Samsung HL-T5687S 1080p DLP Rear Projection HDTV Page 2
The Color Gamut control offers three options: Wide, Normal, and sRGB. Out of the box, sRGB proved to be the most accurate, though the results could be improved with a full calibration (see "Measurements").
The Detailed Settings selection is a subset of the Picture menu that opens up even more adjustments. I ultimately didn't use any of them other than to see what they could do. Black Adjust darkens the gamma at the dark end of the brightness range, which as far as I could tell merely has the effect of crushing the blacks; I left it Off. Dynamic Contrast provides four settings (including Off) that are said to provide optimal contrast. It did punch up some darker scenes, but at the cost of a harsher look in brighter ones. I preferred to leave it Off.
The Gamma control offers some benefit but also shifted the black level, requiring readjustment of the Brightness control with every change to maintain a correct setup. I left it at its default, zero setting.
The White Balance control does shift the color temperature, but it's an invitation to the user lacking the right tools and experience to simply mess up the picture.
The individual adjustments in the "My Color Control" menu are another feature best left at the factory setting.
The two-position (On/Off) Edge Enhancement control sounds like an invitation to trouble. But while its operation was relatively subtle, I never found it offered any benefit. The set's sound is respectable. But it's no substitute for a good external audio system.
Out of the box, the Samsung performed best in the Warm2 color temperature setting, in Movie mode, and with the sRGB Color Gamut selected. Most of the comments in the section to follow (Screenings) refer to the post calibration results.
On calibrating this set, I'll just comment here that the procedure is incredibly precise, but also highly complex, atypical of calibration procedures in general, and lengthy. (The calibration of Samsung's LCD flat panel sets is far more straightforward.) Even if you are able to find a competent technician willing to tackle a new Samsung RPTV and equipped with the necessary training and equipment to do so, be prepared to pay more than the usual calibration fee.
Even before calibration, I was impressed by the Samsung's punchy, vibrant, sharp picture. After calibration it was even better. Greens, in particular (depending as always on the program material), were often exceptional, and less artificial looking than on most digital sets.
I did, however, find that the set's colors could be a little intense, with flesh tones tending to orange on some material. Backing off on the color control helped significantly.
The Samsung also had first-rate resolution. The best DVDs looked good, the best HD discs often exceptional. Most of my HD viewing was from 1080p/60 sources, which produced excellent results. On superior HD releases like Kingdom of Heaven, (Blu-ray), both the color and resolution from the Samsung were often striking.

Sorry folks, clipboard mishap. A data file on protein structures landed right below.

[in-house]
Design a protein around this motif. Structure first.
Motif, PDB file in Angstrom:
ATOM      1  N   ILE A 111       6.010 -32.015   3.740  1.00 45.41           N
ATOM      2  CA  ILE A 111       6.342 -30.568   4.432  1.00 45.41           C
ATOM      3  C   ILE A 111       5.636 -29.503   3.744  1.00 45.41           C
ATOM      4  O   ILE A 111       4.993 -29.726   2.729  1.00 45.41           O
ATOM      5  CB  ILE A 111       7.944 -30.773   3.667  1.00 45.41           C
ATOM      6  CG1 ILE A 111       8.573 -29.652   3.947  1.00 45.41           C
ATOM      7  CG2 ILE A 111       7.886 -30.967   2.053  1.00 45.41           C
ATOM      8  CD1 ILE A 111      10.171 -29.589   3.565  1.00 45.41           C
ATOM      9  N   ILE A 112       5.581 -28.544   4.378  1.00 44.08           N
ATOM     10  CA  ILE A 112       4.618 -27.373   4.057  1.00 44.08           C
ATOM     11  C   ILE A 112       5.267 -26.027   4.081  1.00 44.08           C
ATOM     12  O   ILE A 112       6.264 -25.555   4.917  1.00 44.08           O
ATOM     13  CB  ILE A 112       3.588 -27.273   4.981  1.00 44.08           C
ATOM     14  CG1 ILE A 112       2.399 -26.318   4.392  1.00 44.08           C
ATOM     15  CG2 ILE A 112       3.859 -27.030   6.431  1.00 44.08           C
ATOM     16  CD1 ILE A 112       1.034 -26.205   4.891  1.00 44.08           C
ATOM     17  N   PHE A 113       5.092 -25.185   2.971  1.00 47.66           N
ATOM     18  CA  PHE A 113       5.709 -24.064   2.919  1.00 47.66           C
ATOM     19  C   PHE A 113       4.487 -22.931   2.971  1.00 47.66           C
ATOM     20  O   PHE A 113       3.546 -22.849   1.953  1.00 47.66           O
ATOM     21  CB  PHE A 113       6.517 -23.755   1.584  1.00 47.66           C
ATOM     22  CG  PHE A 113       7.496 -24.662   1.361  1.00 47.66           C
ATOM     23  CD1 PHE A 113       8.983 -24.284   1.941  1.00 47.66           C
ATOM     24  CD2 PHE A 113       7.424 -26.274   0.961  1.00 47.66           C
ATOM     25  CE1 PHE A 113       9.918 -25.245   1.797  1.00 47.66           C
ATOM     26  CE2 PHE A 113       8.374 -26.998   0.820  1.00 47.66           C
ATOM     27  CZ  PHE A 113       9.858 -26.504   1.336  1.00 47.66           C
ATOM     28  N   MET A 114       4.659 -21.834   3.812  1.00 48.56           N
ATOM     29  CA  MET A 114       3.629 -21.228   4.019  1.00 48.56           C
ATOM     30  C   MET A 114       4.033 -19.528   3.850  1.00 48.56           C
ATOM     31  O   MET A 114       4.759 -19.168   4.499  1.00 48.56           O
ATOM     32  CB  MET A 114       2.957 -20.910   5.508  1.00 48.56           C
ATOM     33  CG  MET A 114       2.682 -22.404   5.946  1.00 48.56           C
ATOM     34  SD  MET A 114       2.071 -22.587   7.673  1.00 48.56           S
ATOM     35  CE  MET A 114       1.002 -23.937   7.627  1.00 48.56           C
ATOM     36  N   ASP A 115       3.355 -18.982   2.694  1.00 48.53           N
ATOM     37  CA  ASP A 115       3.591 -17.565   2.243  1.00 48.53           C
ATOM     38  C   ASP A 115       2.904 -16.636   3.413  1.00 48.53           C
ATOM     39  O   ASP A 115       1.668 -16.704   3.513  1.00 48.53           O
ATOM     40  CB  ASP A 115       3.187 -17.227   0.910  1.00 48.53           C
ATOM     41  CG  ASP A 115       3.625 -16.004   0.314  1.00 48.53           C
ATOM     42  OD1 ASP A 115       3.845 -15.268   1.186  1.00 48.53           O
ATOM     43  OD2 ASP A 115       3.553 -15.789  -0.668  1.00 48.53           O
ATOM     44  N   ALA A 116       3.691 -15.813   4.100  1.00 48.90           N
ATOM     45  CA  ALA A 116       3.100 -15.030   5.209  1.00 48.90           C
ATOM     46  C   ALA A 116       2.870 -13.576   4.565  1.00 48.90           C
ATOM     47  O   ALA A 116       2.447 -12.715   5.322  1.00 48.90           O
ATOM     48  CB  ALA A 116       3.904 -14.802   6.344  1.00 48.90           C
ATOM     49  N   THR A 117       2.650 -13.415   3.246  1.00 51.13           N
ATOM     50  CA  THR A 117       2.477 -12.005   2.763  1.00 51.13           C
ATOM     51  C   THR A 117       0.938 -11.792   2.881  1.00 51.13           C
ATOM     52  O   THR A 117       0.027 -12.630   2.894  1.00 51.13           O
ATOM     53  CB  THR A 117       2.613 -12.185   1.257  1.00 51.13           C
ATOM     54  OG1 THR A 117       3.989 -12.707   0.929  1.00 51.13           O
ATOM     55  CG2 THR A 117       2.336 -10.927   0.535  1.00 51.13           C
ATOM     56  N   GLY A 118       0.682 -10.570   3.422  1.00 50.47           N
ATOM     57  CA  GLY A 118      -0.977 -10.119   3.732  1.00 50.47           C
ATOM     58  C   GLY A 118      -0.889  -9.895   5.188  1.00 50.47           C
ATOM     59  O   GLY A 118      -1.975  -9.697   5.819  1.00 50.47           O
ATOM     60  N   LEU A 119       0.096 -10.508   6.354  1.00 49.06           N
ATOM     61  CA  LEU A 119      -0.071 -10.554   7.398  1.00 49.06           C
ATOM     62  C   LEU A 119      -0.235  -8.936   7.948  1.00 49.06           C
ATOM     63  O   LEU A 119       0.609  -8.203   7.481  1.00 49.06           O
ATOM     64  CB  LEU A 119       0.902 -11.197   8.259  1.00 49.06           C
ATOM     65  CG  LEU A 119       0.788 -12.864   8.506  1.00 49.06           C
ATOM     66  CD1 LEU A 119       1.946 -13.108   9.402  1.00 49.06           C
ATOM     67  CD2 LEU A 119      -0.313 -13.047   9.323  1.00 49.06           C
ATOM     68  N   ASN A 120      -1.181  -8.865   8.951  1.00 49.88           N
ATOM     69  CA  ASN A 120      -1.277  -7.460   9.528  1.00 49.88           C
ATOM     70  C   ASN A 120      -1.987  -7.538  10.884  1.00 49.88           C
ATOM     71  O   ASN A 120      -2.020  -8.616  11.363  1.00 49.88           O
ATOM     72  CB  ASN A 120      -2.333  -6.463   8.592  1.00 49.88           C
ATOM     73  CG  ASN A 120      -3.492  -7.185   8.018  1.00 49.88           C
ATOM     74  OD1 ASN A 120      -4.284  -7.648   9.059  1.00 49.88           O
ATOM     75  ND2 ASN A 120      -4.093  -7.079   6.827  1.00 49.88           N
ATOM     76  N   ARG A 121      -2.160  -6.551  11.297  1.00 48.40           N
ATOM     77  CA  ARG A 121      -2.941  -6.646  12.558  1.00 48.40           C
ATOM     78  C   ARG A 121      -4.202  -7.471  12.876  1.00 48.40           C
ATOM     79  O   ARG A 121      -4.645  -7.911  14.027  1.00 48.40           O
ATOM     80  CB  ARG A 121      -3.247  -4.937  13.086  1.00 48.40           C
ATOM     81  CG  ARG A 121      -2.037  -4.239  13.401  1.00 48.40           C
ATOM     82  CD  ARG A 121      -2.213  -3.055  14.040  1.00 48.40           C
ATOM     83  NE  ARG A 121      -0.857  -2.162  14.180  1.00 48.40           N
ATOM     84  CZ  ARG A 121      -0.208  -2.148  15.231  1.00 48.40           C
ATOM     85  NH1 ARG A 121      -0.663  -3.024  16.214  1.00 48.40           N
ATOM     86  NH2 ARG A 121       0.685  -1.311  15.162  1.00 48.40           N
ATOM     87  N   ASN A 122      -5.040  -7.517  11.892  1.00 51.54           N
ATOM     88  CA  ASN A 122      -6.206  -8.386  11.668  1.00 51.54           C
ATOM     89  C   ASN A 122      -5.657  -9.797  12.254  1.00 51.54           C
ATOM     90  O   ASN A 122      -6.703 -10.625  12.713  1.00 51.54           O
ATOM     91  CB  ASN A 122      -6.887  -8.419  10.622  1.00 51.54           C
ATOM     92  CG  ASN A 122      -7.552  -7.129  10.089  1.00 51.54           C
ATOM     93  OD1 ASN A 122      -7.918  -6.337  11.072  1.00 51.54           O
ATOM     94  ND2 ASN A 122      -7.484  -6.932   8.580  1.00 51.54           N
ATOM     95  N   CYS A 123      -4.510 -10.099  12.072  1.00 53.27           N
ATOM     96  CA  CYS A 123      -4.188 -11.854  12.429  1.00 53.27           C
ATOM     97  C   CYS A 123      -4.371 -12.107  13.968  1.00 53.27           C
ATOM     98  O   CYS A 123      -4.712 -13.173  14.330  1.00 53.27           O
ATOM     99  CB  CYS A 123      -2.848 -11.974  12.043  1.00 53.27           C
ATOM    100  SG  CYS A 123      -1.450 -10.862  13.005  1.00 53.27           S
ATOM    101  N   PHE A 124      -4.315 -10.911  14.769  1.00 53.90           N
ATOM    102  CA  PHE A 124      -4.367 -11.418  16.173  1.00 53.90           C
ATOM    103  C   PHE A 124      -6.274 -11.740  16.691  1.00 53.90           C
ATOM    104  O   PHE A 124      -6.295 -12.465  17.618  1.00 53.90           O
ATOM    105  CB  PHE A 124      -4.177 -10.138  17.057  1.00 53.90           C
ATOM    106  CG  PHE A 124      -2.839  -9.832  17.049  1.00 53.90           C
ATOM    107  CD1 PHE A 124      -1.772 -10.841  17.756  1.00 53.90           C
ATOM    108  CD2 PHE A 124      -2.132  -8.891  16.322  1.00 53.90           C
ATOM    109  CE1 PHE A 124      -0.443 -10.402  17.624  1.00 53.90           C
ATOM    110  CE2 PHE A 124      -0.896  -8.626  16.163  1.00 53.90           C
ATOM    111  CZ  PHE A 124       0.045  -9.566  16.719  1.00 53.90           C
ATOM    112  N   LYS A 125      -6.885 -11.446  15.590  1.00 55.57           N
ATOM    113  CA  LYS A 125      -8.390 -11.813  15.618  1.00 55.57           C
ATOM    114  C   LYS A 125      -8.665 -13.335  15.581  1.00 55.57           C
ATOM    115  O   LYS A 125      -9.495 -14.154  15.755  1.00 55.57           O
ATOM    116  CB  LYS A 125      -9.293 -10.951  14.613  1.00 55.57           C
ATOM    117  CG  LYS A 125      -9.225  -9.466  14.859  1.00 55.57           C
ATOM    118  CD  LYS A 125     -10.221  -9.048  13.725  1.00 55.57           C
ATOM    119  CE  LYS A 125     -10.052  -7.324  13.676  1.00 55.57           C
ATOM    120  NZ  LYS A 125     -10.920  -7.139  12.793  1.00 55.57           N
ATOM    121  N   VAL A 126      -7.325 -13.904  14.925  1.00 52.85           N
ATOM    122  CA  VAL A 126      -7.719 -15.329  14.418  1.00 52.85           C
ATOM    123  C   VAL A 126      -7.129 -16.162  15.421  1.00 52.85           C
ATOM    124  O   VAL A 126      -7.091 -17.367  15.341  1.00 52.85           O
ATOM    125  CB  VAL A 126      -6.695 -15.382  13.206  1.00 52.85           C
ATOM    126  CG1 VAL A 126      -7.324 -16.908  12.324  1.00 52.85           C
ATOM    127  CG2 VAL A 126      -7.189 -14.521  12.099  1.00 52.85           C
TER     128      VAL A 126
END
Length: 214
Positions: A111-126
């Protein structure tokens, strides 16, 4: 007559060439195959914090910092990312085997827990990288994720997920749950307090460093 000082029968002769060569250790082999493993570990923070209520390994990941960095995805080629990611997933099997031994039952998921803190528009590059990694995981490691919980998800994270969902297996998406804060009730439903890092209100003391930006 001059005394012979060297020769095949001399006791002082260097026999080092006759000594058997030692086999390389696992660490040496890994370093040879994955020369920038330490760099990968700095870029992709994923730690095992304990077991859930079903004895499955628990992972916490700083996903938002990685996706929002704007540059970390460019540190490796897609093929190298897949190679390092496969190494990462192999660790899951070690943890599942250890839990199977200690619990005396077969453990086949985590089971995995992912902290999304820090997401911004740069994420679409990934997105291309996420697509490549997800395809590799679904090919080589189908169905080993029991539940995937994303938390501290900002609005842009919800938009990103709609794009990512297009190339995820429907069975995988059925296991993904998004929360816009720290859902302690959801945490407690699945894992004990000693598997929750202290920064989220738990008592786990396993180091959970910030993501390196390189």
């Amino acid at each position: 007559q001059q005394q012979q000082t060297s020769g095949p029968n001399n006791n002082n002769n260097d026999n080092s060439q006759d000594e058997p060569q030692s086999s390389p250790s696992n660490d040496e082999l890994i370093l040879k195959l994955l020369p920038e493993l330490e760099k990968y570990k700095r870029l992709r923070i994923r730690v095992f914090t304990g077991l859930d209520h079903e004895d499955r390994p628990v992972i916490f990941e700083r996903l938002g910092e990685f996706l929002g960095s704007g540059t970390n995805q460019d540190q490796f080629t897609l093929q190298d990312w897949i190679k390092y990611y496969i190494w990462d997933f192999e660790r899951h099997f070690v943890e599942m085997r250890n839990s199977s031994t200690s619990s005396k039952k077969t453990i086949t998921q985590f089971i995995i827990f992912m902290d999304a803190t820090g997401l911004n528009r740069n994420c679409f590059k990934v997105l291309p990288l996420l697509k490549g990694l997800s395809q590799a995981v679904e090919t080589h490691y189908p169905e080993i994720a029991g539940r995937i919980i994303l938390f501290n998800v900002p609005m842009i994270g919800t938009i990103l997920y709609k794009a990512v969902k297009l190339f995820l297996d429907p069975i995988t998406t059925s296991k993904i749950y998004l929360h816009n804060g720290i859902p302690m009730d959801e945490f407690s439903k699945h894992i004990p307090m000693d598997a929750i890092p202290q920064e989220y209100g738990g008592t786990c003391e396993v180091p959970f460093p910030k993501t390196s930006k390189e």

If color and resolution were the Samsung's strengths, it also had significant weaknesses. It uses a high gain screen, as do most rear projection sets. The brightness in the center of the screen measured twice as high as the brightness halfway from the center to the top or bottom. And there was a shift in color, as well, with a subtle blue tint above and below the center. But it was clearly always there.
This Samsung is very bright—pushing 100 foot-Lamberts in Movie mode. This makes the set slightly uncomfortable to view in subdued room lighting. But the Samsung has no user accessible iris adjustment, either fixed or dynamic, that might help compensate for this.
And the high brightness of the set seriously compromises the Samsung's deep blacks. Its black level is one of the poorest we've measured in a recent digital set—of any type.
The Samsung also has some convergence issues, particularly at the top half of the screen where red is misaligned by a pixel or slightly more. This likely originates in the optical path, since there can be no pixel misalignment in a single-chip DLP.
The set earned a fair grade on my mix of standard definition video processing tests and it properly deinterlaced 1080i-to-1080p material as tested on the HD HQV Benchmark test disc. But did not recognize and properly process 3/2 pulldown with a 1080i film source. Nevertheless, distracting artifacts were rare on most normal program material.
The Samsung will accept a 1080p/24fps input, but it converts it internally to 1080p/60fps prior to display. I also found variations in how it behaved 1080p/24 from the disc players we had on hand, so I sent 1080p/60 to the set for all of my HD disc viewing.
The Samsung does have its strengths, not the least of which are fine color performance and good resolution. It's also relatively inexpensive for a 56-inch set from a major manufacturer.
But when a DLP rear projection set is outperformed in its ability to produce deep, rich blacks by many LCD flat panel displays—including Samsung's own LN-T5265F (which impressed us greatly when I reviewed it recently for our sister site UltimateAV)—I have to scratch my head. Yes, the LCD set is smaller and, at least at list prices, much more expensive. But it's clearly the better set.
The Samsung HL-TS5687S offers excellent detail, and fine color at an attractive price. Its most significant detraction is its poor black levels and hot spotting on the screen.